India's central bank likely to raise rates Thursday

India's central bank likely to raise rates Thursday

India's central bank likely to raise rates Thursday

Industry has been clamouring for holding off another rate hike, saying that further monetary tightening would affect capacity building and output. In a letter to the RBI Governonr, chairman of the corporate finance committee of FICCI, Udayan Bose, said: "This is largely a problem arising out of demand supply mismatch, any move to control such inflation through monetary moves has been futile. On the contrary, aggressive monetary tightening is having an adverse bearing on economic and industrial growth of the country," he added.

The RBI had hiked the repo rate by 50 basis points on May 3 to 7.25 percent and said that henceforth, the reverse-repo rate would always be pegged at 100 basis points below it. This was the ninth time in 15 months that the policy rates were raised.

Most analysts expect at least a 25 basis point hike in the repo this time around. Taming high inflation has been the key concern of the central bank. It has maintained that it would continue to adopt a hawkish tone till as such time inflation does not fall to manageable levels and would not mind sacrificing growth in the short-term.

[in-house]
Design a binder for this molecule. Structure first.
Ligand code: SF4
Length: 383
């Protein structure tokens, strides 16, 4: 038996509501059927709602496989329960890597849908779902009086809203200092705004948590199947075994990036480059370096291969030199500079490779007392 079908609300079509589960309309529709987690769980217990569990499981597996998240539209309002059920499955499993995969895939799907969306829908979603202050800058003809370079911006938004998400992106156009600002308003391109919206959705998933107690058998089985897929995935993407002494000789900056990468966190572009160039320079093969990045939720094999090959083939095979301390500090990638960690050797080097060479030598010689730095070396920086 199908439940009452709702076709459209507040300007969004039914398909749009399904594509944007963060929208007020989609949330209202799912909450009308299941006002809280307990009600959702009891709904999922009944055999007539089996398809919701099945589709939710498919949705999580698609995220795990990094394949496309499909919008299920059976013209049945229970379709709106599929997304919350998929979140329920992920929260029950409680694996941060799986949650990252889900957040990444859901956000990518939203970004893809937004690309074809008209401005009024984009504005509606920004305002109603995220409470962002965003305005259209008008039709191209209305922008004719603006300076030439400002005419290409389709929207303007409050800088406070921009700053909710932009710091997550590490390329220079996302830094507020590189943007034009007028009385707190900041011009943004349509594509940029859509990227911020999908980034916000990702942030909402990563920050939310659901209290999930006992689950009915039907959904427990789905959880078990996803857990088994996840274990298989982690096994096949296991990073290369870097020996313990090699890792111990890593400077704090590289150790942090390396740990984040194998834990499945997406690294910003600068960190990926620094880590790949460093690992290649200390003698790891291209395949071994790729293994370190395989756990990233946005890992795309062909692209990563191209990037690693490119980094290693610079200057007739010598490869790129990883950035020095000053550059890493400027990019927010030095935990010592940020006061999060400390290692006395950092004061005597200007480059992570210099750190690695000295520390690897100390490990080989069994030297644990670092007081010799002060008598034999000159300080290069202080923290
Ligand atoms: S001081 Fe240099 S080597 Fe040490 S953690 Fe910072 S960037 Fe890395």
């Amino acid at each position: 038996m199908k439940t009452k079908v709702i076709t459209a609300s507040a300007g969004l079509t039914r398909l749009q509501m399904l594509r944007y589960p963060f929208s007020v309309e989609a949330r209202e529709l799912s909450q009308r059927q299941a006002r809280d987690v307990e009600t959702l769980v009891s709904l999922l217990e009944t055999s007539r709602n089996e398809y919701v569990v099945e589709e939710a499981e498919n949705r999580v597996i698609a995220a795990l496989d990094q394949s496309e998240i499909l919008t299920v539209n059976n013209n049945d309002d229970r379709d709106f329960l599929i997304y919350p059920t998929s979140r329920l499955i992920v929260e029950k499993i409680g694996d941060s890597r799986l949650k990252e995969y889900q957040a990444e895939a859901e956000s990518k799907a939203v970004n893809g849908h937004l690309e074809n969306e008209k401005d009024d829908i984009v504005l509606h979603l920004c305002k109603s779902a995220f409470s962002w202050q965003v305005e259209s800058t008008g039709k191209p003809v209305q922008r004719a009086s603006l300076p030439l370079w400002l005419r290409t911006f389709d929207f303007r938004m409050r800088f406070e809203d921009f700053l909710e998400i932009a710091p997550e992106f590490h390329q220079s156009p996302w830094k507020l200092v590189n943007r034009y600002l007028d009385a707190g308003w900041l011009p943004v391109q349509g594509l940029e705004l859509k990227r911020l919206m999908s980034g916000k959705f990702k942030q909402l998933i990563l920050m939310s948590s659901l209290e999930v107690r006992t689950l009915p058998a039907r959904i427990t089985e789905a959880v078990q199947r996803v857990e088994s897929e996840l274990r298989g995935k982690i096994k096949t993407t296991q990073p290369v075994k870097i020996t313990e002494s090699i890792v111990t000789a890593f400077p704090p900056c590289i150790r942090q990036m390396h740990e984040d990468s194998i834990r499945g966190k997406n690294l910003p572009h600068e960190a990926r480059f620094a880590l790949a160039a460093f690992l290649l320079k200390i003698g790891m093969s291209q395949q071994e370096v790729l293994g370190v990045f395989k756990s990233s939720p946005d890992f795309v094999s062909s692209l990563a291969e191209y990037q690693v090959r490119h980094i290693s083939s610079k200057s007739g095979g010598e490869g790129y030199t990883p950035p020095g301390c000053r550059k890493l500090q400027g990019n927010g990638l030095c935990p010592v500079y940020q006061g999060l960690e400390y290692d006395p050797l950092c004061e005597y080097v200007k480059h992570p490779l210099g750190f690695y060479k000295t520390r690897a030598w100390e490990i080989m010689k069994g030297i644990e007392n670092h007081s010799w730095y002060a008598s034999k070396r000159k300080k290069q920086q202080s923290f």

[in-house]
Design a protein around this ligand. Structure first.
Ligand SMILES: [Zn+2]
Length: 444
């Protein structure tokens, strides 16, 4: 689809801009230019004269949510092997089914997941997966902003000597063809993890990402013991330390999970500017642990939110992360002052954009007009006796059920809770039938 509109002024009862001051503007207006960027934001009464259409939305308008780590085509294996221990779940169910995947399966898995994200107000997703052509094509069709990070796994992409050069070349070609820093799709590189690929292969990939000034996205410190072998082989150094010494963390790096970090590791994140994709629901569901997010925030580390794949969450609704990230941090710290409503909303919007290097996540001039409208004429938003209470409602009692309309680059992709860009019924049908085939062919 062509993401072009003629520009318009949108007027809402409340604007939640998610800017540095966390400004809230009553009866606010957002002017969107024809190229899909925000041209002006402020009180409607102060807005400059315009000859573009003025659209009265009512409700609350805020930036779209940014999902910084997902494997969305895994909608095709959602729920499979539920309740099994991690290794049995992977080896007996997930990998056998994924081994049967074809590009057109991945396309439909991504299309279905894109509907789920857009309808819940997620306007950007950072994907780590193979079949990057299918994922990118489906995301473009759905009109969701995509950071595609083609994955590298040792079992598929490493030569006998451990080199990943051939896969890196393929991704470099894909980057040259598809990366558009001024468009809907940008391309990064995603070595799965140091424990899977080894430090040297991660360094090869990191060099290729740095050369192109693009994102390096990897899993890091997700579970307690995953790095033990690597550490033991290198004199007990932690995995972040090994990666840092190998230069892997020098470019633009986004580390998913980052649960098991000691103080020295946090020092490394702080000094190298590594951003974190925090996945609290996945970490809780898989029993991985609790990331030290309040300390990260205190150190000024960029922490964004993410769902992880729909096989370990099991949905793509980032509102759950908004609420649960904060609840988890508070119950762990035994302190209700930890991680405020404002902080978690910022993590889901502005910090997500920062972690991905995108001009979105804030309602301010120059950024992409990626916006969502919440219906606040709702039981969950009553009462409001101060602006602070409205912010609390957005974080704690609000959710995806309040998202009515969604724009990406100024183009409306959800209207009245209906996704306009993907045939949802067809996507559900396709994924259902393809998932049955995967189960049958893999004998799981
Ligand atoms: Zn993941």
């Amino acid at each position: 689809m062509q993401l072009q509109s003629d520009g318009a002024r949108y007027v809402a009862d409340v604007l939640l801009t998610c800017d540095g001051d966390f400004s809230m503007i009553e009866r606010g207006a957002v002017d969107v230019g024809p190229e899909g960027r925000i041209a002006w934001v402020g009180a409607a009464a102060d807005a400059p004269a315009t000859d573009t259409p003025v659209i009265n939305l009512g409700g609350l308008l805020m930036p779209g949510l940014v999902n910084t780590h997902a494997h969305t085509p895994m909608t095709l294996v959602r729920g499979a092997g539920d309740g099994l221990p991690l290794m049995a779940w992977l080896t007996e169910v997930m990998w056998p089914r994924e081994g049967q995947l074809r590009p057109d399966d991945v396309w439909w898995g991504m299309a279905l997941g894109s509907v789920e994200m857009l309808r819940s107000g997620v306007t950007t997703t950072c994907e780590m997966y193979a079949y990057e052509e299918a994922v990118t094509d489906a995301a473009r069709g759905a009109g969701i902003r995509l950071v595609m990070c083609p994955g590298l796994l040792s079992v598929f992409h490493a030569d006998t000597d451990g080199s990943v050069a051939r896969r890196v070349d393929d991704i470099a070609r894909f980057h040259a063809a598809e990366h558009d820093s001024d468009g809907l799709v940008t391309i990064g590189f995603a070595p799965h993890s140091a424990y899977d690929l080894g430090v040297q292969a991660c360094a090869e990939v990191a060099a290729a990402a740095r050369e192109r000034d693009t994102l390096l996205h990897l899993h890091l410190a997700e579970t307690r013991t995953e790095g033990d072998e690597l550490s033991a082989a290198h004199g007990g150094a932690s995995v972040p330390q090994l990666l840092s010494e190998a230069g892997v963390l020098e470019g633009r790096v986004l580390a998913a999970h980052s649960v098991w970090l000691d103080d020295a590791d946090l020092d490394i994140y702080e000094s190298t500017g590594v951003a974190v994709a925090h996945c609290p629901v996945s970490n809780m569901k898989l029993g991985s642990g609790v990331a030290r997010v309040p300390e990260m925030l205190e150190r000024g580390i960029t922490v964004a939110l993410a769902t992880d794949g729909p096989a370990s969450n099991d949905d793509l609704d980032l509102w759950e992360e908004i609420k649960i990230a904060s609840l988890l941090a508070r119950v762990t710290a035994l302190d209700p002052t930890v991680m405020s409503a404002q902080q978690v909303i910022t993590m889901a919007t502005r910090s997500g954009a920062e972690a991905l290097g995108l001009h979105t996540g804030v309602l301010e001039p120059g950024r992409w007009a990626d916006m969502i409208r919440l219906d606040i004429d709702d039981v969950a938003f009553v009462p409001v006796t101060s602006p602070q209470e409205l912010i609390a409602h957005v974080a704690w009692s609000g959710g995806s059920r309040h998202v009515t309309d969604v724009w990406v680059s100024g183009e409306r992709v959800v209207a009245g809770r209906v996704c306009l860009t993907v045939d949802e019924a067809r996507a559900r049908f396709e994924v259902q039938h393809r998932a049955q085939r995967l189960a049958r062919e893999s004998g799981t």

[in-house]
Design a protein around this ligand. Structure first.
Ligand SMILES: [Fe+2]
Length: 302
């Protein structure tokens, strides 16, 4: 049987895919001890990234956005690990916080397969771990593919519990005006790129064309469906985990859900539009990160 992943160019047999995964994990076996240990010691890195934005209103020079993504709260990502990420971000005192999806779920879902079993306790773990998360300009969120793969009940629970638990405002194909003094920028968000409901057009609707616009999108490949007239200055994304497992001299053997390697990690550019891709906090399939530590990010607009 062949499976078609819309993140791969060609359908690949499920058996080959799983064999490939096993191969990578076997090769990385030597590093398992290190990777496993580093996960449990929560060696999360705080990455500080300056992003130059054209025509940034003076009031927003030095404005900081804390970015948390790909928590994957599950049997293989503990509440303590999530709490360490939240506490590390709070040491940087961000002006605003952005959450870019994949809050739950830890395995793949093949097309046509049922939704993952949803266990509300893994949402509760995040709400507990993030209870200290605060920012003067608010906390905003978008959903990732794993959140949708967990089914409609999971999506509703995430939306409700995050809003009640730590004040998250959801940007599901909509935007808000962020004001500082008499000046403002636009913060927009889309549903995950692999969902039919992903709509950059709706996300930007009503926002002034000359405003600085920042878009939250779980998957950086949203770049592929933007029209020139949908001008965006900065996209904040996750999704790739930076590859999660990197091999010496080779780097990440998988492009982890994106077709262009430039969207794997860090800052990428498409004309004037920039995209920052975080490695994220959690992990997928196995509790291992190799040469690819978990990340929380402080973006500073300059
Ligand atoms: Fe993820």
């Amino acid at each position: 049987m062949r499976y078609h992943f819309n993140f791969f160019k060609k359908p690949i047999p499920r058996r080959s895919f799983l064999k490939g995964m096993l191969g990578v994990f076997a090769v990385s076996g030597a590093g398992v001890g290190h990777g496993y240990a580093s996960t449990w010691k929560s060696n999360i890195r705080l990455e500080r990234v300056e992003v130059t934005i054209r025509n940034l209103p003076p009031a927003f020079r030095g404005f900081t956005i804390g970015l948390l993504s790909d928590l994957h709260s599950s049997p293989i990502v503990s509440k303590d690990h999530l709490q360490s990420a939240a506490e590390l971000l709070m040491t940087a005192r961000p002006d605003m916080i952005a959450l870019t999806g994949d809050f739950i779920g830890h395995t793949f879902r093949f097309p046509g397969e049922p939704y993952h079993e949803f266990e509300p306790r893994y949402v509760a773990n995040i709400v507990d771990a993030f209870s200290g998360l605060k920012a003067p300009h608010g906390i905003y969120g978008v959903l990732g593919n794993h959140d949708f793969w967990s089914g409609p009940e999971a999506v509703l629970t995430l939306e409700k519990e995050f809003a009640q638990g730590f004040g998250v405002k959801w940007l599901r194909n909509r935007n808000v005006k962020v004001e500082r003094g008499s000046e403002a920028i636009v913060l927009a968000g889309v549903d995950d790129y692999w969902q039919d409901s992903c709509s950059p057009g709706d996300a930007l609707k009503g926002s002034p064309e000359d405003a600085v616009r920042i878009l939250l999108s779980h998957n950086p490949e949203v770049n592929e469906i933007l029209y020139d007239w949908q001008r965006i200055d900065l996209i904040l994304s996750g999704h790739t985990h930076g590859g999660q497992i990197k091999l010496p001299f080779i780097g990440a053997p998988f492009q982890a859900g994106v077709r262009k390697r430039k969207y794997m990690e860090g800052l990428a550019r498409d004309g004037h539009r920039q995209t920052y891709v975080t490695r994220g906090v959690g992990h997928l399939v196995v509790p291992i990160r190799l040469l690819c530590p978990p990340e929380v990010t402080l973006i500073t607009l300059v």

The latest data released Tuesday by the commerce and industry ministry showed inflation, as measured by the wholesale price index, at 9.06 percent in May, much higher than 8.66 percent in the previous month.

The inflation figures for March were revised upwards to 9.68 percent from the previously estimated 9.04 percent. On the other hand, the country's industrial output has slowed down, which India Inc says is a result of persistent rate hikes by the RBI.

As per the new series of computing the index of industrial production, India's factory output came in at a much slower 6.3 percent in April compared to 13.1 percent in the like month of 2010.

Urging the RBI to not rate hikes again, FICCI said: "Inflation is no longer confined to food articles alone and has become more generalised. However, the inflationary pressure emanating from manufactured products has less to do with demand side pressures and is largely the result of rising input costs. And for addressing this, we need creation of more capacities in all segments encompassing industrial raw materials."

"Unfortunately, a tight monetary policy also hits at this very objective - limiting capacity addition at a time we need it most.”

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